We too must leave our original sinful state and go through process, if we are to be transformed and into a new creation- a precious son or daughter of the King of Kings. We are His treasure.
It takes time to form a diamond. It takes time to form character. And it takes time to form a writer. It took more than two years to cut and polish the Centenary Diamond. The skilled diamond cutter reveals the brilliance of the gem.The better the cut, the brighter the diamond.
Do you want your work to sparkle? Do you want to be the real deal, to reflect the brilliant light of Christ? It’s going to take time and process, becoming transparent and having a teachable spirit. You must yield to the Master’s cut.
I want to be polished and perfected, faceted into His perfect plan.
Writing starts deep in the heart and soul. For me it starts with time spent with God. I cannot write without Him.
With God, the priority is always presence over performance, intimacy over independence. -Allen Arnold, The Story of With
“I am the vine, you are the branches. He who abides in Me, and I in him, bears much fruit; for without Me you can do nothing. John 15:5 (NKJV)
Jesus is my breath. I pray through every piece I write. I write with Him.
I realize that if I can accomplish something purely in my own strength, those dreams are way too small. –Allen Arnold, The Story of With
It’s often a terrible spiritual battle as I write. Doubt and fear hound me, I battle oppression, discouragement, depression and exhaustion. Sometimes the battle is from within; I can be my own worst enemy. But often it is from without.
For we do not wrestle against flesh and blood, but against principalities, against powers, against the rulers of the darkness of this age, against spiritual hosts of wickedness in the heavenly places. Ephesians 6:12 (NKJV)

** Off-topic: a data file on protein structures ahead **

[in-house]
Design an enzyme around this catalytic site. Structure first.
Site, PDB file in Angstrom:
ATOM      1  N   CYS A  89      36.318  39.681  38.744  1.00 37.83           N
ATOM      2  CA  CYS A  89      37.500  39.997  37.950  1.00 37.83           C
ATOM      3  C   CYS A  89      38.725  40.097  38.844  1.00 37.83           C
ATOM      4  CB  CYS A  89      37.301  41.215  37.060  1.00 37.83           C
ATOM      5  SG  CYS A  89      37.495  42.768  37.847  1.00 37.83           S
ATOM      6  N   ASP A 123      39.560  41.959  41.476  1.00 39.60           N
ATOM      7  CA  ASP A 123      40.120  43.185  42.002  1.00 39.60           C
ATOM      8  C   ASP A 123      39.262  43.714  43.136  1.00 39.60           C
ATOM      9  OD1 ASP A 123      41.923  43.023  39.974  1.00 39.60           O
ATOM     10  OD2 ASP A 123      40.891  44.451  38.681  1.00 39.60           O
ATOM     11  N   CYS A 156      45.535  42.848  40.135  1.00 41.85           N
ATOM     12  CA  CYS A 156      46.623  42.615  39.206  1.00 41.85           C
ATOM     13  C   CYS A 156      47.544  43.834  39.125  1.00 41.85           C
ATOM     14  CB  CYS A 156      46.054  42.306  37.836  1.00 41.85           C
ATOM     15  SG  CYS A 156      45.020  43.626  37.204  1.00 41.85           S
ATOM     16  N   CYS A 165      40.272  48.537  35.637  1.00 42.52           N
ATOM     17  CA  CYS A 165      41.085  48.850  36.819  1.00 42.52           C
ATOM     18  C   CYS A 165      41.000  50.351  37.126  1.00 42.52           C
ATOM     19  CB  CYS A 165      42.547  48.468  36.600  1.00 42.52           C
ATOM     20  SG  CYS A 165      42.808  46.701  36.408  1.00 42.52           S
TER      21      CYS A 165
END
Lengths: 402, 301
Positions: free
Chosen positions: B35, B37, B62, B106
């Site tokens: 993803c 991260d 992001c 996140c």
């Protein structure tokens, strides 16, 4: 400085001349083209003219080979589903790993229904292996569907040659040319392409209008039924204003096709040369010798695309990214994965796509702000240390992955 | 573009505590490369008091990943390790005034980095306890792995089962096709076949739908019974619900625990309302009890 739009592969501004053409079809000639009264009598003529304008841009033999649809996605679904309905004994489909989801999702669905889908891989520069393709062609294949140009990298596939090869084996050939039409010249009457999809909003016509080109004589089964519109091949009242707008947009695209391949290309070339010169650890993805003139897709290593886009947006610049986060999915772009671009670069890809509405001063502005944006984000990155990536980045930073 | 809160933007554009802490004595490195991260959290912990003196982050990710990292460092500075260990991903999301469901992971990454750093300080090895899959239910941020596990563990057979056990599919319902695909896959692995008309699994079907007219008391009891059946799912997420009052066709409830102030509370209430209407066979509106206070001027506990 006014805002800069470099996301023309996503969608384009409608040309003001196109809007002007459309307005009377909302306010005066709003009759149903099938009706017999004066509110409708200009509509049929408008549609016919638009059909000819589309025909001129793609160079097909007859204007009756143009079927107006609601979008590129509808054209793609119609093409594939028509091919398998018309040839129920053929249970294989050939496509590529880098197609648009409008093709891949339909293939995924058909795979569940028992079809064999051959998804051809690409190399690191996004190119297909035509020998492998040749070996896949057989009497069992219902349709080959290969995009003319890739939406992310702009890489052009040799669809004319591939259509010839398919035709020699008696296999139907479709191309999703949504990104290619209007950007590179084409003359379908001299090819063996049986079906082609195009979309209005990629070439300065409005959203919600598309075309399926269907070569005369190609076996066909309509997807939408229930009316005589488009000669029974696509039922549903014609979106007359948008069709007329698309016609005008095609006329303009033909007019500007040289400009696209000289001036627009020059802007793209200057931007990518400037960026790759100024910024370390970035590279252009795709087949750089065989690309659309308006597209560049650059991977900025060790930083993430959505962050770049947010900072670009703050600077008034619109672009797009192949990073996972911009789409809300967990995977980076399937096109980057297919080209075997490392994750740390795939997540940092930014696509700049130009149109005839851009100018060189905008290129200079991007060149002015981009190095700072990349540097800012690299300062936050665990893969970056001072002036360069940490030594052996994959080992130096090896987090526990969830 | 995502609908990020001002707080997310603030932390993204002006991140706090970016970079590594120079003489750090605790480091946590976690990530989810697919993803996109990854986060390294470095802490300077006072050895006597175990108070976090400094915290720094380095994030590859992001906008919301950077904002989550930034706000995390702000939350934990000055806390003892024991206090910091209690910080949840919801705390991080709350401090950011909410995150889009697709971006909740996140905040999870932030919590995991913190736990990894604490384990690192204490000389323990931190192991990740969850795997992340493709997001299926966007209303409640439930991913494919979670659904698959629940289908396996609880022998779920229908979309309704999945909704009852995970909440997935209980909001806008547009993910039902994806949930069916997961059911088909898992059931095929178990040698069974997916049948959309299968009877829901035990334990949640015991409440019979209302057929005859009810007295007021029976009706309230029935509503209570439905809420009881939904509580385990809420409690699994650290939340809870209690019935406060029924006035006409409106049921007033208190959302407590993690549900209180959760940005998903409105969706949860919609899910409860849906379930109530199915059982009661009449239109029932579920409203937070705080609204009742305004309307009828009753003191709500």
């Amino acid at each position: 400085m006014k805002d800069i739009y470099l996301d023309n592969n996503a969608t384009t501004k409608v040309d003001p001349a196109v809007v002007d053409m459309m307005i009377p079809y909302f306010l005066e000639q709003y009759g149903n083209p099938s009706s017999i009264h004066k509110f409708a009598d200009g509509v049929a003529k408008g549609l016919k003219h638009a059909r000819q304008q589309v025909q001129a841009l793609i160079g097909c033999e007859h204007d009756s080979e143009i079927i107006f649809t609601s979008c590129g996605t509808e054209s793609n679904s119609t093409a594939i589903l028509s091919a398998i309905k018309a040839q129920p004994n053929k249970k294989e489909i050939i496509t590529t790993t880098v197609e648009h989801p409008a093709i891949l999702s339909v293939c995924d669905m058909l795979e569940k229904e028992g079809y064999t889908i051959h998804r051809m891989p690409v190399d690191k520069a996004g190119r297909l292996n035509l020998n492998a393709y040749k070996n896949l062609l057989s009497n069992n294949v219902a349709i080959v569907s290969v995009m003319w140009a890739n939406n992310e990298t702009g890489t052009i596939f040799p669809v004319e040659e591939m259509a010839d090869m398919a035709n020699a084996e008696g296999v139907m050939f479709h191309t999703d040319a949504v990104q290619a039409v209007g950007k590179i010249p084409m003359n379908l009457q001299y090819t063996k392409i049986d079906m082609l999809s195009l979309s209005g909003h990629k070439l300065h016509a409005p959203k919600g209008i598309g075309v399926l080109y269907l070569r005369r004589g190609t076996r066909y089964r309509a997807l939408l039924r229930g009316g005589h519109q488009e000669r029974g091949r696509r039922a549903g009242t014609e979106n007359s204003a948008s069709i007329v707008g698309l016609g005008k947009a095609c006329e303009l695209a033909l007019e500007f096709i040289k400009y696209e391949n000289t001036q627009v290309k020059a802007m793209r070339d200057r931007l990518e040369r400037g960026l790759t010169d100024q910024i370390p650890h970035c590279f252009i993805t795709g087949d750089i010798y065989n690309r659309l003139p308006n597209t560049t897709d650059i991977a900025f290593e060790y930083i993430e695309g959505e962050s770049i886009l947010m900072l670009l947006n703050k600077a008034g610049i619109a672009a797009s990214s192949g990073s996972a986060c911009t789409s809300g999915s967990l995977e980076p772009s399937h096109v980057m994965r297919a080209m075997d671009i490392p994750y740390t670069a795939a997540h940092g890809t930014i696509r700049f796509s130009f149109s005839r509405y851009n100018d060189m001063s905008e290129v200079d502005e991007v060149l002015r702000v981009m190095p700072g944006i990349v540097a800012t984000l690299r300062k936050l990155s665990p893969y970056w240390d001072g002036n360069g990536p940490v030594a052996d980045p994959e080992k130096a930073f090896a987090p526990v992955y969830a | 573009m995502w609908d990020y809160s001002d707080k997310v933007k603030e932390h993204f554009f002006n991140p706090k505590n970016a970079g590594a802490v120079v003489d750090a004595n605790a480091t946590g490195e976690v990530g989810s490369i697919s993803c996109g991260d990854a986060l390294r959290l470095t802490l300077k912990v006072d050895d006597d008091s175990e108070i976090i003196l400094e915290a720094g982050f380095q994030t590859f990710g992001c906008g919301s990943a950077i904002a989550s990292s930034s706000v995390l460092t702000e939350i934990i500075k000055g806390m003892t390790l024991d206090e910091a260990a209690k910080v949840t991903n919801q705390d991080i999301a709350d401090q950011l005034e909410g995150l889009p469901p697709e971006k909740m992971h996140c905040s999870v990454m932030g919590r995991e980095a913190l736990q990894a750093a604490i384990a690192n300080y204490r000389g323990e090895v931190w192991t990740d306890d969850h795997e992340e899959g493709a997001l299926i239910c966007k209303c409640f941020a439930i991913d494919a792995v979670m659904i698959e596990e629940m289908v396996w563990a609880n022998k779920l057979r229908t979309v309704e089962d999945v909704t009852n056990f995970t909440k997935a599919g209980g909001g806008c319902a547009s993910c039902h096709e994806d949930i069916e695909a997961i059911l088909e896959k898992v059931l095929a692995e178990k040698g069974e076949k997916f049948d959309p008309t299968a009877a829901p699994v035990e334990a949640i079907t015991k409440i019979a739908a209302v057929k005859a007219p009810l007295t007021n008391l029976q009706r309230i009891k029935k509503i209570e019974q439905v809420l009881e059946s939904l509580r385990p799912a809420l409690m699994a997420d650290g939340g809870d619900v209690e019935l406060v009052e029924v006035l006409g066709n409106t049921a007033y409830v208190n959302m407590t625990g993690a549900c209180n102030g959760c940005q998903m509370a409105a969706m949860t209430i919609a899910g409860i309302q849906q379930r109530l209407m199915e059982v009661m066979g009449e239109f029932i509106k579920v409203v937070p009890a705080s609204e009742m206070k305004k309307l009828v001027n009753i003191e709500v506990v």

Writers of truth are a threat to Hell, so we should expect assaults. We need to put on our full armor- be battle ready word warriors and continue to pray for one another.
Yet in all these things we are more than conquerors through Him who loved us. Romans 8:37 (NKJV)
“God,” I said, “why is this so hard?”
“How else will you be able to minister to others if I don’t take you through here?”
Life is demanding; it has a way of taking mad turns. But all our struggles and failures provide opportunity for God to grow us and bring a turnaround. They enable us to encourage others on their journey. If everything came fast and easy, I’d probably think it was my doing— I couldn’t empathize with others, or learn to lean on God and His approval.
Much of my inspiration comes from my pain, struggles and failure and my desire to help others. I take my assignments from the needs around me and my God above me. I can invite Jesus into my inadequacies, all my inabilities, for He is my enabler. Jesus meets me in my mess and He is enough. I press through. Sometimes I must write through the darkness and into the light. There comes a point when it’s like the dawn and the fog lifts and God’s presence falls and there is joy.
I know I am small. I have much to learn. But I’m not depending on myself. I’m depending on Christ. Christ is my qualifier and He has a way of making much out of little when we give ourselves to Him. He is faithful, so I hold on, carry on, and write on, for His glory.
“Here’s my pen, Lord.”
*I take full responsibility for all flaws in myself and in this article. I’m undergoing time and process. Blessed to write for my God; privileged to sit under the mentor-ship of author Jerry B Jenkins as part of his writers guild.
The Gemological Institute of America
Robert, my gemologist friend, also known as, “my gardener friend.”
© 2017 Rachael M Colby Tattoo It On Your Heart